Curtis Granderson followed with a lined single to left to score Berkman and then the Rangers started treating the baseball like a hand grenade. Right-fielder Jeff Francouer, attempting to throw out Posada at third, air-expressed his throw over Young’s head.
Posada unwisely tried to make it home even though Young had caught the ball on a carom and had him dead to rights at home plate. However, Young’s throw home similarly sailed over Treanor’s head and Posada gave the Yankees an early 3-0 cushion.
The Yankees added to their lead in the third inning when Nick Swisher and Cano greeted Wilson with back-to-back home runs to start the inning. For Cano, it was his fourth home run of the series.
The Yankees added another run off Wilson in the fifth. They loaded the bases with one out on a leadoff walk to Swisher, Rodriguez smacked a ground-rule double to left-center and the Rangers elected to walk Marcus Thames in order to face Berkman.
Though Berkman has struggled against left-handers batting right-handed all season, he delivered a long sacrifice fly to center that scored Swisher. That made the score 6-2.
Wilson gave up six runs on six hits and four walks and he struck two in his five innings of work. Three of the four batters he walked eventually scored.
Wilson was 15-8 with a 3.35 ERA in the regular season, but in his five starts against the Yankees (three in the regular season and two in this series) he is 0-2 with a 5.81 ERA.
Granderson capped the Yankees’ scoring in the eighth with a one-out line-drive home run to right-center off rookie reliever Alexi Ogando.
The Yankees, taking no chances in the final three innings, turned the game over to Wood and Mariano Rivera. Wood pitched two scoreless innings, striking three and picking off Andrus at second base for his second pickoff of the series.
Rivera pitched a scoreless ninth and the Yankees lived to fight another day.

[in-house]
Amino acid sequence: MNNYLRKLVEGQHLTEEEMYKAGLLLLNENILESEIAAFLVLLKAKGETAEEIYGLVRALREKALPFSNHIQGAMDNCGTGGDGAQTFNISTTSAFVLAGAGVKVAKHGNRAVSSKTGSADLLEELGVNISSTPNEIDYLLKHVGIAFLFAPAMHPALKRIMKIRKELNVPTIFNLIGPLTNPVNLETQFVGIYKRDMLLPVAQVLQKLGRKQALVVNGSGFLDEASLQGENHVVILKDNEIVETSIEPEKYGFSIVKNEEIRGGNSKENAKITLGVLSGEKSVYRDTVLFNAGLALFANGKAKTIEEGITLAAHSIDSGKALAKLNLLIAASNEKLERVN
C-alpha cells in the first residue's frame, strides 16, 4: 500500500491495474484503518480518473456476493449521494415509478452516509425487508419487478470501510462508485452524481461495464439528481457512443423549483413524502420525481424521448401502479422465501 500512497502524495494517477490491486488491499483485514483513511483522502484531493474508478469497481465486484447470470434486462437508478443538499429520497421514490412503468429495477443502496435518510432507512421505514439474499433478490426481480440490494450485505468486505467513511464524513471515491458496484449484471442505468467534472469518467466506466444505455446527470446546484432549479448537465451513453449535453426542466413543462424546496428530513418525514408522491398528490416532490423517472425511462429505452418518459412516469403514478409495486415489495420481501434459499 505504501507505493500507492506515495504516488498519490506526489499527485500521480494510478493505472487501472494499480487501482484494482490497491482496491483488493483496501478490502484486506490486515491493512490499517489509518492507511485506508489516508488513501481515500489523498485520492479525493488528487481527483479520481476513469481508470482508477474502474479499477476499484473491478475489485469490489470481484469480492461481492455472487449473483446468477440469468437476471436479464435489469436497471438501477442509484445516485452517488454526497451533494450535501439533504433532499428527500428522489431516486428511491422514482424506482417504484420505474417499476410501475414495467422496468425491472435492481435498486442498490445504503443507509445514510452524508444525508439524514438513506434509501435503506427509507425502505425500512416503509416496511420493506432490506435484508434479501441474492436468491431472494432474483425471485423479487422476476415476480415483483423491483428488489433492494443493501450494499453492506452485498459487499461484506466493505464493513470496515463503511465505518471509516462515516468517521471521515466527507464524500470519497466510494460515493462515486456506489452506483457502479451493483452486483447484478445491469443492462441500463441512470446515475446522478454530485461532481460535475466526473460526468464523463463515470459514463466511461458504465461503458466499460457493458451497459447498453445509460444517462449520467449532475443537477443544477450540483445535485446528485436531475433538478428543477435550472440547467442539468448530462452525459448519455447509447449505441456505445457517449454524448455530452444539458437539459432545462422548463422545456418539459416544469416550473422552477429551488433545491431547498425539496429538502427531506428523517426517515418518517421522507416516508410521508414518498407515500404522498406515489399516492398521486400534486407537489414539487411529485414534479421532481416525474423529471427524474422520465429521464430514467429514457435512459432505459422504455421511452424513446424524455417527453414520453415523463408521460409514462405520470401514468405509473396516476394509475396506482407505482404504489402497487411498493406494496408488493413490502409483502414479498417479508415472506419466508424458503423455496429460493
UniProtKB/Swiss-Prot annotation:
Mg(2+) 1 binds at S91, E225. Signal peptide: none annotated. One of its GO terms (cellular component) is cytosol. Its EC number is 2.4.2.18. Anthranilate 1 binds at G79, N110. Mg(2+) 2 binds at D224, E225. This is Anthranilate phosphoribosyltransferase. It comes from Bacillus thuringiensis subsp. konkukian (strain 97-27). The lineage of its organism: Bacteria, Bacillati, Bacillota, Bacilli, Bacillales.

But do not get too carried away with this victory. The Yankee offense still could improve. Despite the victory they were 2-for-11 with runners in scoring position.
The Yankees hope to shake some more cobwebs off their bats on the trip to Arlington. The patient is beginning to show some signs of life. Don’t tell Dr. Kervorkian.
The Yankees are working out at Rangers Ballpark in Arlington today. Trailing 3-2 in the best-of-seven series, the Yankees will turn to 18-game winner and All-Star right-hander Phil Hughes to get them even in the series.
Hughes (0-1) was blasted for seven runs on 10 hits and three walks in four-plus innings last Saturday. Before that, he had pitched 15 1/3 scoreless innings against the Rangers in Arlington. The one big statistic in Hughes’ favor is that he never lost two starts in a row during the regular season.
His opponent again will be right-hander Colby Lewis (1-0). Lewis pitched a solid, but not dominant, 5 2/3 innings against the Yankees in Game 2, giving up two runs on six hits and three walks and fanning six batters. Despite the fact Lewis threw a wild pitch, hit a batter and lacked command at times, the Yankees were 1-for-11 with runners in scoring position.
In order to beat Lewis to win the game and force a Game 7, the Yankees will have to do better in that category. The Yankees are a dreadful 8-for-50 (.160) with RISP in the series.
Game-time will be 8 p.m. EDT and the game will be broadcast by TBS.